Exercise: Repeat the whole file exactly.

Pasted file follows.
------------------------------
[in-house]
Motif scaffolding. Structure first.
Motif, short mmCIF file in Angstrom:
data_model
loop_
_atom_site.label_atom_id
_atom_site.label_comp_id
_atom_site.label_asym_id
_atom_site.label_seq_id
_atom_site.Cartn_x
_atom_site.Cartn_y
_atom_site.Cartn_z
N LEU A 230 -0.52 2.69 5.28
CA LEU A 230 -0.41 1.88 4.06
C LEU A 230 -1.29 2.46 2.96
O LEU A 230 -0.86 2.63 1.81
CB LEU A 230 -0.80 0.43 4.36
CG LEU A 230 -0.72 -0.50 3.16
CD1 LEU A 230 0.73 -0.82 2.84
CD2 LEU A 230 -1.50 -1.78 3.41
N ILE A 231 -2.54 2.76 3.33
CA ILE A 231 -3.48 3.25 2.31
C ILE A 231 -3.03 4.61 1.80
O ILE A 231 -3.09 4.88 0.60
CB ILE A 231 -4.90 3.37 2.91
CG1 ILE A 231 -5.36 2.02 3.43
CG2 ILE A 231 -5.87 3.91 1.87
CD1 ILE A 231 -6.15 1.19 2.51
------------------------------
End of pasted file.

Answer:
[in-house]
Motif scaffolding. Structure first.
Motif, short mmCIF file in Angstrom:
data_model
loop_
_atom_site.label_atom_id
_atom_site.label_comp_id
_atom_site.label_asym_id
_atom_site.label_seq_id
_atom_site.Cartn_x
_atom_site.Cartn_y
_atom_site.Cartn_z
N LEU A 230 -0.52 2.69 5.28
CA LEU A 230 -0.41 1.88 4.06
C LEU A 230 -1.29 2.46 2.96
O LEU A 230 -0.86 2.63 1.81
CB LEU A 230 -0.80 0.43 4.36
CG LEU A 230 -0.72 -0.50 3.16
CD1 LEU A 230 0.73 -0.82 2.84
CD2 LEU A 230 -1.50 -1.78 3.41
N ILE A 231 -2.54 2.76 3.33
CA ILE A 231 -3.48 3.25 2.31
C ILE A 231 -3.03 4.61 1.80
O ILE A 231 -3.09 4.88 0.60
CB ILE A 231 -4.90 3.37 2.91
CG1 ILE A 231 -5.36 2.02 3.43
CG2 ILE A 231 -5.87 3.91 1.87
CD1 ILE A 231 -6.15 1.19 2.51